Passion needs perseverance, experience to thrive

Joyonto Roy Chowdhury | Published: May 30, 2019 00:30:07 | Updated: June 02, 2019 14:48:01

"Find your passion." This unrealistic, deadly mantra has attracted many youths, and they have set their sail to seek passion. Researchers, in a collaborated study from Stanford University, and Yale-NUS have argued that this condensed advice is a dangerous distraction.To a generation, obsessed only with hacking success, this misleading advice coming from compelling sources and influential personalities, is not only preparing the young minds to fail, but also destroying their true potential.

Nobel laureate poet T S Eliot puts it this way, "It is obvious that we can no more explain a passion to a person who has never experienced it, than we can explain light to the blind."  But these days, passion is considered a prerequisite for success, when this feeling of intense desire or enthusiasm is only a by-product of one's progress towards the goal.

Such confusions are now rampant -- "Should I focus on my studies or passion?",  "Should I leave this job and follow my passion?" In the era, where there is no free lunch, being oblivious about paying bills and betting everything starting from job, savings, time, efforts, education and even relationships in the pursuit of passion may sound brave, bold or heroic but in reality is delusional, considering the consequences.

Talking about passion to parents in our country is a nightmare for many, and passion versus parents is a common encounter here. Parents are naturally concerned both about our future and happiness but cannot entertain all our interests because they have instinctively different preference for risk. In Bangladesh, passion for interests like sports, music, acting, painting, writing, entrepreneurship, film-making, farming and many more does not come with assurance of a low-risk future and people taking these paths usually have a hard time convincing their parents, and many are forced by circumstances to discontinue their endeavour.

The truth about passion is, it is something to be developed, not something to be found on the first attempt in anything. It is neither something to be revealed, nor something like a spell, that will dispel all the barriers. It is an energy felt when one is  pushing barriers, breaking one's own limits. It is certainly a rush that keeps one going. Even if one develops a passion around something, building a career around it might not be suitable. Passion can sometimes lead to profession but not always.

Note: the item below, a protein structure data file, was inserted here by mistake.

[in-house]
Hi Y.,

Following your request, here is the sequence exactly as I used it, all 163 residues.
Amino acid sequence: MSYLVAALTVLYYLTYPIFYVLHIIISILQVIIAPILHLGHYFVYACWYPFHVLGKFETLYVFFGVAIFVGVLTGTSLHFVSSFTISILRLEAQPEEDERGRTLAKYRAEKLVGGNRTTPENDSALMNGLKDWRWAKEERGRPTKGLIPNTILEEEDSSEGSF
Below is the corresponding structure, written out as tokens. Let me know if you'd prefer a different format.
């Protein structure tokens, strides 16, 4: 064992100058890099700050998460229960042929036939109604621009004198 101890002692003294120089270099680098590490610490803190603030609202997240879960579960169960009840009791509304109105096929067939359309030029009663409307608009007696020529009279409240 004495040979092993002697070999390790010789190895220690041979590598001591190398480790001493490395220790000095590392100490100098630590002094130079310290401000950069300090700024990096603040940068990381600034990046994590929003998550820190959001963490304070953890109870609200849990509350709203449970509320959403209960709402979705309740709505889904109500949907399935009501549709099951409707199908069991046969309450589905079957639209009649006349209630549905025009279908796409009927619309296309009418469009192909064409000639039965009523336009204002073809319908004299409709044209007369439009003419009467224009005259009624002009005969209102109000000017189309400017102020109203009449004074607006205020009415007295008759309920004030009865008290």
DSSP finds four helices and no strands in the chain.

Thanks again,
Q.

However, the exclusive prerequisite for passion to keep pumping progress is expertise. To run it in a scenario, a start-up where the entrepreneur is not getting the expected cash flow for invested time and money, for the entrepreneur extrinsic motivation falls apart. Under such circumstances, only intrinsic motivation keeps one going. But that too will fail, if one lacks the expertise to manage the crisis, expertise to take hold of expectations, expertise to handle the fear of failure. These skills are achieved overtime from various experiences. Passion being just an emotion cannot miraculously handle the crisis, expectations or fear. Passion will always need perseverance and experience to thrive.  

For harmonious existence of both our passion and reality, a thought model originating in Japan, can help us reach the critical balance between the two. Mindful conclusion of the four queries -- what one loves, what one is good at, what the world needs and what one can be paid for-- brings one closer to "Ikigai". "Ikigai" roughly translates to reason for being and is personal and specific to one. Interests that allow one to feel "Ikigai" are never forced on an individual; they are often spontaneous, and always undertaken willingly, giving the individual, satisfaction and a sense of meaning to life.

It is high time youths became aware of the passion trap. The obsession is dangerous and counter-productive. The perplexed emotion passion is certainly a positive contributor to our well being and progress, but it has lost its meaning in the noise of our communication. Instead of "Find your passion" keeping the phrase, "Develop your passion"  pinned to mind, will initiate an active approach towards nurturing and cultivating one's interest.

The writer is currently working at a chartered accountancy (CA) firm in Dhaka. He can be reached at joyonto.rc@gmail.com

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